December 27, 2013 – The beginning of the year started well, but towards the second half, my movie theater appearances slowed dramatically. Still, I took in an impressive 16 this year, which is less than the 24 from 2012. That had more to do with my lack of interest in most selections rather than my desire.
I’ve rated them from worst to first, but that doesn’t necessary mean the movies that appear higher on the list are bad. I simply avoided most of the rotten ones. Here are 16 through 9. Be sure to catch 8 through 1 on Monday.
16. We’re the Millers
I ventured out to see “We’re the Millers” despite all of the critical condemnation it had received. I imagined it as a big screen version of the Showtime series “Weeds”, only with Jason Sudeikis and Jennifer Aniston. What I didn’t realize is that it plays out like the “Weeds” of later seasons, when the show ran off track and lost the spark and imagination of its earlier episodes. The movie is unnecessarily crude and predictable, and the crudeness is what passes for laughs. It may be shocking, but it isn’t funny.
15. Oz the Great and Powerful
The previews of “Oz the Great and Powerful” thrilled me like no other because as a writer and reader, I love back-story. I also decided to fork up the extra bucks and see it in 3D since I never experienced it before, and it was a magnificent visual banquet. The story itself was flat and predictable. Aside from the visual, the only bright spot was Michelle Williams and her understated role as Glinda the Good Witch. Many other actors might have turned in a hammy performance because of the type of role it is, but Williams was soft and serenely bathed in light.
14. Zero Dark Thirty
“Zero Dark Thirty” is a military term for 30 minutes after midnight, when the Bid Laden raid happened in Pakistan. The graphic violence of the torture scenes in this movie, and the humiliation the Al Qaeda prisoners endured while under CIA watch made it difficult to take in, so Kathryn Bigelow, the film’s director, almost achieved the unthinkable. She made me feel sorry for them. I hope I ever have to deal with the CIA.
13. The English Teacher
the Indy comedy-drama “The English Teacher” staring Julianne Moore, Greg Kinnear and Nathan Lane, premiered at the Tribeca festival. Moore plays the English teacher, fortysomething year old Linda Sinclair, whose humdrum life makes the likes of Dickens’ character Miss Havisham look exciting. Linda finally finds a purpose outside of the classroom when she helps former student Jason Sherwood (Michael Angarano) realize his dreams of becoming a playwright. But things get way out of hand when the two become romantically involved and the school wants to take out some questionable scenes in the play.
12. The Incredible Burt Wonderstone
Magicians don’t entertain me because there isn’t any magic involved, and I don’t like to be fooled. Yet, I enjoyed “The Incredible Burt Wonderstone”, the comedy that tells the story of superstar magicians (Steve Carell and Steve Buscemi) working along the Las Vegas strip. The duo earned popularity and huge paychecks over the ten years they headlined, until one day their magic begins to look stale because of a new street magician (Jim Carrey) willing to go to extremes. Alan Arkin co-stars as an old-time magician who inspired Burt as a child, along with James Gandolfini as the owner of the hotel where they perform, and Olivia Wilde as the magician’s assistant.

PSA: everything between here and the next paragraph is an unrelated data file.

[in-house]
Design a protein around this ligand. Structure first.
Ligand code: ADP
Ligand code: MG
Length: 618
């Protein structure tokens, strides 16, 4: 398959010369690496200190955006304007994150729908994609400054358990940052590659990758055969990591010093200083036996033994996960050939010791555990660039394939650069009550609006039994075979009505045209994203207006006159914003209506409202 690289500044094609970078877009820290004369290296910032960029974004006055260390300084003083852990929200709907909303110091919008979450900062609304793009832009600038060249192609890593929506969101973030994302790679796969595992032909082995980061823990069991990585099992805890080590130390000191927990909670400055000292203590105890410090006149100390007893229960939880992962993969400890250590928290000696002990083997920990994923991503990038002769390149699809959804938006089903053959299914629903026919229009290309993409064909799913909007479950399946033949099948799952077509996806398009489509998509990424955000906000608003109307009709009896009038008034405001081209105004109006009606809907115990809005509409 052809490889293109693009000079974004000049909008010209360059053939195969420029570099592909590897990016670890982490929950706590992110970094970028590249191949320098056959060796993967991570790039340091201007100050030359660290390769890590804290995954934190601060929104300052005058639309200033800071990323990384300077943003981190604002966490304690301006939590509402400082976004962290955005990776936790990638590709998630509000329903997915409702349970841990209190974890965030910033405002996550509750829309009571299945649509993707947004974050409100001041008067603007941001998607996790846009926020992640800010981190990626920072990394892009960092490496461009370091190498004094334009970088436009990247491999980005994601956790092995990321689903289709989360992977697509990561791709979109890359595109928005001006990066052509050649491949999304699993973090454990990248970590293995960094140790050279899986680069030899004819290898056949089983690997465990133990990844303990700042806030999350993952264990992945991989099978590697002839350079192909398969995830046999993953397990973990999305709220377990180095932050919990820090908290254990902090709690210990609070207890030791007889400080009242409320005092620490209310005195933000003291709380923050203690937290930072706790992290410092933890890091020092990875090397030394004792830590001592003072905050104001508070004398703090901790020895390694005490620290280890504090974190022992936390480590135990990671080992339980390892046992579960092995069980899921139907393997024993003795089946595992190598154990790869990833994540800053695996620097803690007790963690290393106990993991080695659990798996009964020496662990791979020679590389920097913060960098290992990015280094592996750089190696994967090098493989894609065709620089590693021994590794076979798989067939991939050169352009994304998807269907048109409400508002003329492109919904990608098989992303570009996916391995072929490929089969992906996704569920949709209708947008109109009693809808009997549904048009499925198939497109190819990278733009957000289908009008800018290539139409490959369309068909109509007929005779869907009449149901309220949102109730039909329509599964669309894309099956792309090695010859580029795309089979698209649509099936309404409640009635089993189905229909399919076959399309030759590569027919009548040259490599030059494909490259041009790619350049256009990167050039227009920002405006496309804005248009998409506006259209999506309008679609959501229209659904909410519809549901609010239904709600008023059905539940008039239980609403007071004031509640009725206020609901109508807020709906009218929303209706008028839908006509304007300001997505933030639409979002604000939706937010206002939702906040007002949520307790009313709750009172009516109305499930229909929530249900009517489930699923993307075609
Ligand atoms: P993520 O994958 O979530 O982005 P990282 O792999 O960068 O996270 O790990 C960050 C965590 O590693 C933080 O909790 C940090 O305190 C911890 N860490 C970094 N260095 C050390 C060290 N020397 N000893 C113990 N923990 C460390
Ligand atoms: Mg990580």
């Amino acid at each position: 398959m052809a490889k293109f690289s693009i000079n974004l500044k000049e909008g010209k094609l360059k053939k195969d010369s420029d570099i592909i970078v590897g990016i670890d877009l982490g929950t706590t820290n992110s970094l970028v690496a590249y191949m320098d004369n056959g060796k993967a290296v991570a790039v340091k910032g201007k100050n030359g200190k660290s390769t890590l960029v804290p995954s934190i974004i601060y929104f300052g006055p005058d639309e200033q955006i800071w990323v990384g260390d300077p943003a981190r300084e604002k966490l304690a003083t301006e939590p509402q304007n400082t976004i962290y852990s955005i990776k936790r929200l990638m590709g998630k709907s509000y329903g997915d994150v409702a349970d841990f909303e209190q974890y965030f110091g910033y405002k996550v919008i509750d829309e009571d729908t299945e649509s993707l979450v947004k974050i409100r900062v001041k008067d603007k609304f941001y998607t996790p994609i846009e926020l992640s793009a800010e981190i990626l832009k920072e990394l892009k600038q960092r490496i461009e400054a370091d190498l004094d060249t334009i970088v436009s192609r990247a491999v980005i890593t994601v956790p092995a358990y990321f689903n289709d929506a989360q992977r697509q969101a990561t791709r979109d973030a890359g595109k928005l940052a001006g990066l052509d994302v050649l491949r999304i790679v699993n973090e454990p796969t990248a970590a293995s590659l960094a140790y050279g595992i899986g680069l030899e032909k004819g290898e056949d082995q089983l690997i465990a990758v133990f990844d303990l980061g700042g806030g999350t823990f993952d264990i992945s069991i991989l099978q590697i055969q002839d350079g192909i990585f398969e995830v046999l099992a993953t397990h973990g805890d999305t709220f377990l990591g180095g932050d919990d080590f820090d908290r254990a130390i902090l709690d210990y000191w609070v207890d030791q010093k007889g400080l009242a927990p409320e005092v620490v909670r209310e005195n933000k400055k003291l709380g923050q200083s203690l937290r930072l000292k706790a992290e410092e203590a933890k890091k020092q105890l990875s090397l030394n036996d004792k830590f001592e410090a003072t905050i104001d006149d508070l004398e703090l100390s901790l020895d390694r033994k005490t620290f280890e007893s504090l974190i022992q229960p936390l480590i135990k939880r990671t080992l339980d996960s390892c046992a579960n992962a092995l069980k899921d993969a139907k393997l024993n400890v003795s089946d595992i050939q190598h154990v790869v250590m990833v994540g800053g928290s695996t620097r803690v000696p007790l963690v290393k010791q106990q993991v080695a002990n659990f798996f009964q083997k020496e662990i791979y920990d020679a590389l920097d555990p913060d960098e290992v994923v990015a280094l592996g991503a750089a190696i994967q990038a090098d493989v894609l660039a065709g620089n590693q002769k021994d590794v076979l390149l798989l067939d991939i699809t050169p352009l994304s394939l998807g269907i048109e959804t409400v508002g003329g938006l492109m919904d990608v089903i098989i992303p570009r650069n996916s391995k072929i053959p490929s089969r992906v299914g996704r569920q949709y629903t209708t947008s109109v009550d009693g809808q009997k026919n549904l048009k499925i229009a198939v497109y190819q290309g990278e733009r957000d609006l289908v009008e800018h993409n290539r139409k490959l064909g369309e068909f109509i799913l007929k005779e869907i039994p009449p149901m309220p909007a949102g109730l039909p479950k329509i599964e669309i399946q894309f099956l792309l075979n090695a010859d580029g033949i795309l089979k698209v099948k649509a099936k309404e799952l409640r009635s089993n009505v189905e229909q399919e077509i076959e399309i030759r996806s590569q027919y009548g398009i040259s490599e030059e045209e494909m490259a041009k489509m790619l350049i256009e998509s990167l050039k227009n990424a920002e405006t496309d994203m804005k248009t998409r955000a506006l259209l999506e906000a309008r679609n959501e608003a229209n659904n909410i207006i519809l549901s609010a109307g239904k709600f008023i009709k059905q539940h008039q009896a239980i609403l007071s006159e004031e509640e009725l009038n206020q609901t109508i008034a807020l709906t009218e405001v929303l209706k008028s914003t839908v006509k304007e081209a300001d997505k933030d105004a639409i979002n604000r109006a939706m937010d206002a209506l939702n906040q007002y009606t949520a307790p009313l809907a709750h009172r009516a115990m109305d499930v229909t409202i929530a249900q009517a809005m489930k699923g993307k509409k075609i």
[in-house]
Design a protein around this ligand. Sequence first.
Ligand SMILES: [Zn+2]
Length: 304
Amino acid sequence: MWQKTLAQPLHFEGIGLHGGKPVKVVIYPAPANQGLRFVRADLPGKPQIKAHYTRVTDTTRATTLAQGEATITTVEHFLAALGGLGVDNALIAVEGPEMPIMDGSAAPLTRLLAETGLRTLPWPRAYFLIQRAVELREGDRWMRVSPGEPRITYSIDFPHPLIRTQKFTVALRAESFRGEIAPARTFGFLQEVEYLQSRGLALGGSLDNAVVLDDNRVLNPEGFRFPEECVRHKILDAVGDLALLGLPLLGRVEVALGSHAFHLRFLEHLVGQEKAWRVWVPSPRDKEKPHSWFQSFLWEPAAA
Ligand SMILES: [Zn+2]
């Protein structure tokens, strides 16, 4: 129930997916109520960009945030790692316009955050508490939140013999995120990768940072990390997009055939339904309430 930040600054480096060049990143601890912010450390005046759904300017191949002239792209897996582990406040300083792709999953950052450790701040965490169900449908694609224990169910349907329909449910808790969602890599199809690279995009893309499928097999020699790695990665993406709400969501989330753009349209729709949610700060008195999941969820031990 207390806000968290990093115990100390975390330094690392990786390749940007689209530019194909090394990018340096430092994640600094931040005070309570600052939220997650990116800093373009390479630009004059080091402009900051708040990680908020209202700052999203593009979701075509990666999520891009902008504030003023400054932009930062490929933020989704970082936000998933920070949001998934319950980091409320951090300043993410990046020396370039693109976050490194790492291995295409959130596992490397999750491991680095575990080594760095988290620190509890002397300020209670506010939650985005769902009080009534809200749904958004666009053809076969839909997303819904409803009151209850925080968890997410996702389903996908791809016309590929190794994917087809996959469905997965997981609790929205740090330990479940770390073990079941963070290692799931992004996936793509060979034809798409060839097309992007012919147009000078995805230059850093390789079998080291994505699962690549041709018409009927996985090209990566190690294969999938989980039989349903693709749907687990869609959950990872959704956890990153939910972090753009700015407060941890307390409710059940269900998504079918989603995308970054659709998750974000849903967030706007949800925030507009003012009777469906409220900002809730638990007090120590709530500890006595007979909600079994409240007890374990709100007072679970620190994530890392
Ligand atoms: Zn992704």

11. Good Ol’ Freda
Imagine this. At the tender age of 17, you are offered the most coveted secretarial position in the world, which involves working for quartet of musicians known as the Beatles. That’s what happened to Freda Kelly, a timid teen from Liverpool who was thrown into the whirlwind of what would become Beatlemania in 1962. Kelly was a fan first, before the Beatles became famous, and before she accepted the position offered to her by Brian Epstein, whom she called Eppy. Ryan White’s lively documentary shines the spotlight on the behind the scenes star who breaks her silence after 50 years.
10. The Girl Most Likely
In “Girl Most Likely”, Wiig plays a down on her luck female who’s descending spiral forces her to move back in with her mother, and things get a lot worse before they get better. This formula works for Wiig because she’s a competent actress who plays this character type well, and is supported by the wonderful cast around her, namely Annette Bening and Matt Dillon, both in hilarious roles that add to the storyline. Perhaps the thing I like best about this formula is that Wiig is a woman of a certain age (she turns 40 next month), and she is still offered romantic, albeit quirky lead roles.
9. Sky Fall
The James Bond franchise celebrated its 50th anniversary on film, and chose “Skyfall” to imply that James is getting a bit long in the tooth and may be ready for retirement. Bond’s latest assignment doesn’t go as planned, agents around the world are exposed, the British agency MI6 is attacked, and their fearless leader M is forced to relocate the agency to a secret underground location. All of this leads the audience to believe that the super hero may be human after all. Daniel Craig’s Bond is charming as ever under the direction of Sam Mendes, and he manages to do what Bond does so well in the end.